* Russian security forces fight gunmen in North Caucasus
* Moscow trying to root out militants before Winter Games (Adds details on explosives, law expanding FSB powers)
By Maria Kiselyova
MOSCOW, Jan 15 (Reuters) - Three members of the Russian security forces and four gunmen were killed in a shootout on Wednesday during a sweep for Islamist militants who have threatened to attack the Winter Olympics that begin in Sochi next month.
After two suicide bombings in southern Russia last month, Moscow is on high security alert. President Vladimir Putin has staked much personal and political prestige on the success of the Games, and put security forces on combat footing in Sochi.
Russia's National Anti-Terrorism Committee (NAC) said the dead militants included a man accused of carrying out a car bomb attack in the city of Pyatigorsk late last year which killed three people.
The shootout occurred on the same day that Russia's Duma, or lower house of parliament, introduced legislation aimed at broadening the powers of security services and boosting their oversight of the Internet, Russian news agencies said.
Voting has yet to be held on the bill, which the daily Vedomosti said was worked out during closed sessions held between parliamentarians and representatives of the Federal Security Service and the Interior Ministry.
The group of militants had been trapped in a house in the village of Karlanyurt in the Dagestan region of the North Caucasus, the NAC said in a statement. Five officers were also wounded in what a spokesman called a special operation.
Police defused two explosive devices at the house where the militants battled security forces. Television showed images of gray plumes of smoke rising later from a house in the impoverished North Caucasus region.
The Dagestan capital, Makhachkala, is about 620 km (385 miles) east of Sochi. The mostly Muslim region is plagued by bombings and shootings target state and police officials as part of the militants' fight to create an Islamist state there.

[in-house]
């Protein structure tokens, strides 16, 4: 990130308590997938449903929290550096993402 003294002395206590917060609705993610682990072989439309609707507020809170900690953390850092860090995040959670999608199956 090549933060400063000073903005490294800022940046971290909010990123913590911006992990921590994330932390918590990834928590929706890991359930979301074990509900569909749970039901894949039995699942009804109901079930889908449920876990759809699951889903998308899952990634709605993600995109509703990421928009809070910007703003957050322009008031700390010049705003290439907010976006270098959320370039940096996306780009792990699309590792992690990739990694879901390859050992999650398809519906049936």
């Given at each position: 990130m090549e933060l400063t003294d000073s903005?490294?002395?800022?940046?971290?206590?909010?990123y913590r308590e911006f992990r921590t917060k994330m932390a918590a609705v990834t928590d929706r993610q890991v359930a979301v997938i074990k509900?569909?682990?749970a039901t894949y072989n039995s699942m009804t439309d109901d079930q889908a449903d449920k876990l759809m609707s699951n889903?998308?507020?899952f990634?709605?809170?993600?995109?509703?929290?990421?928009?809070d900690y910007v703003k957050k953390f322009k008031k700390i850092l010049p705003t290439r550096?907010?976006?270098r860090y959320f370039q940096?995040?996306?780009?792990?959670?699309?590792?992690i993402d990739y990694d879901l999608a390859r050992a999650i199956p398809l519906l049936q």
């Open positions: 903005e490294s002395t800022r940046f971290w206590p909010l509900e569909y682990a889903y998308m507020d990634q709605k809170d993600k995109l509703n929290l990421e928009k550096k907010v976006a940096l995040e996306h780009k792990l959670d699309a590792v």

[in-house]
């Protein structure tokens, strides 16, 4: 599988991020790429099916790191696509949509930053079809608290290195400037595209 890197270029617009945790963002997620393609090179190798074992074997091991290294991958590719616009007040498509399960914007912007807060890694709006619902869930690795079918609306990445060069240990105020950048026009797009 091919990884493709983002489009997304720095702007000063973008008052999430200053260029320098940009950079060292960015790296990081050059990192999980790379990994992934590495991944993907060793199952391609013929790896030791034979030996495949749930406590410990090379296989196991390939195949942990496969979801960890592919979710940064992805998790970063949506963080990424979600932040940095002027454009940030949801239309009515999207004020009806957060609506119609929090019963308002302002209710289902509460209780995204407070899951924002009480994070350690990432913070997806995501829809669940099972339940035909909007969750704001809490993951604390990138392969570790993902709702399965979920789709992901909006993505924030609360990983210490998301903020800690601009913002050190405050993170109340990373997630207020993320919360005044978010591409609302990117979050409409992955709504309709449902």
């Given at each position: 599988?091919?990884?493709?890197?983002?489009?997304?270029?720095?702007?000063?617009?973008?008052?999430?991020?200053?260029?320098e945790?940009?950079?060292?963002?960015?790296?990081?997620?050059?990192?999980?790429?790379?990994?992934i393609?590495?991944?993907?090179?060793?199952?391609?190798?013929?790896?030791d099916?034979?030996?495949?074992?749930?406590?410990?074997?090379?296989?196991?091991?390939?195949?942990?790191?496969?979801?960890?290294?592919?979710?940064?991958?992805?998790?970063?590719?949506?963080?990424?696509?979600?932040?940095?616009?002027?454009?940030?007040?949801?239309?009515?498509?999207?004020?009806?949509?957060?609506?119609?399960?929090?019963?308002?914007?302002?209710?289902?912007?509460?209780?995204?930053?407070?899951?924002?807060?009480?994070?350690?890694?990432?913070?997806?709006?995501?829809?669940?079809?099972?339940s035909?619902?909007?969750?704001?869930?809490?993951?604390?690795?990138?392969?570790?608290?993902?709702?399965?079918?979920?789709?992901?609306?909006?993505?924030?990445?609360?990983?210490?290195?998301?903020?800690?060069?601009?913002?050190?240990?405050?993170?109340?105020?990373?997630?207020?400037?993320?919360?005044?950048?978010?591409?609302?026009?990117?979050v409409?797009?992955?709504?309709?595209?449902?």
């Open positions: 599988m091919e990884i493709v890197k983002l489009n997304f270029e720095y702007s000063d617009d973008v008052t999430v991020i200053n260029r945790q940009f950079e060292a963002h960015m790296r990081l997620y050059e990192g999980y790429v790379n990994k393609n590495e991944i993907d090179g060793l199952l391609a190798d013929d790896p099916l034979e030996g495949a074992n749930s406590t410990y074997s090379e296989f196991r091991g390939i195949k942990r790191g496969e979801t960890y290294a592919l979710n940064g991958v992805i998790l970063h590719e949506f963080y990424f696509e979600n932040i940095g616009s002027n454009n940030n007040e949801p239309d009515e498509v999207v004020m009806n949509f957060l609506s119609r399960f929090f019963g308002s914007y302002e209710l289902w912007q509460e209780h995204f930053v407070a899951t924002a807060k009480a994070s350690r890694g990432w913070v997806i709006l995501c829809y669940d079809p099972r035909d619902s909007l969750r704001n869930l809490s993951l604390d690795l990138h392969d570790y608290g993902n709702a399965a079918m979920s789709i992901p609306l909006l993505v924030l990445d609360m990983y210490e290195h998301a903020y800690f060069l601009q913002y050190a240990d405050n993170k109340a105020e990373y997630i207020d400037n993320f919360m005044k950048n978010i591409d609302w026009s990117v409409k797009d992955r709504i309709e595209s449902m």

At least 34 people were killed last month in the suicide bombings in the southern city of Volgograd. Putin ordered safety measures to be beefed up nationwide after the attacks.
About 37,000 personnel are now in place to provide security in Sochi, located on the Black Sea and on the western edge of the Caucasus mountains. The International Olympic Committee has expressed confidence the Games will be safe.
But, underlining the danger of attacks, security forces said on Saturday they had arrested five members of a banned militant group in southern Russia and defused a homemade bomb packed with shrapnel.
The main spokesman for Russia's Investigative Committee, whose responsibilities include looking into bombings and other attacks, appealed to civilians on Tuesday to be more vigilant and help avert the threat of "terrorist" attacks.
The insurgency is driven by a mix of religious fundamentalism and anger among local residents over corruption and strong-arm efforts by appointed, pro-Moscow regional leaders to clamp down on militants. (Additional reporting by Thomas Grove, Editing by Timothy Heritag and Mark Heinrich)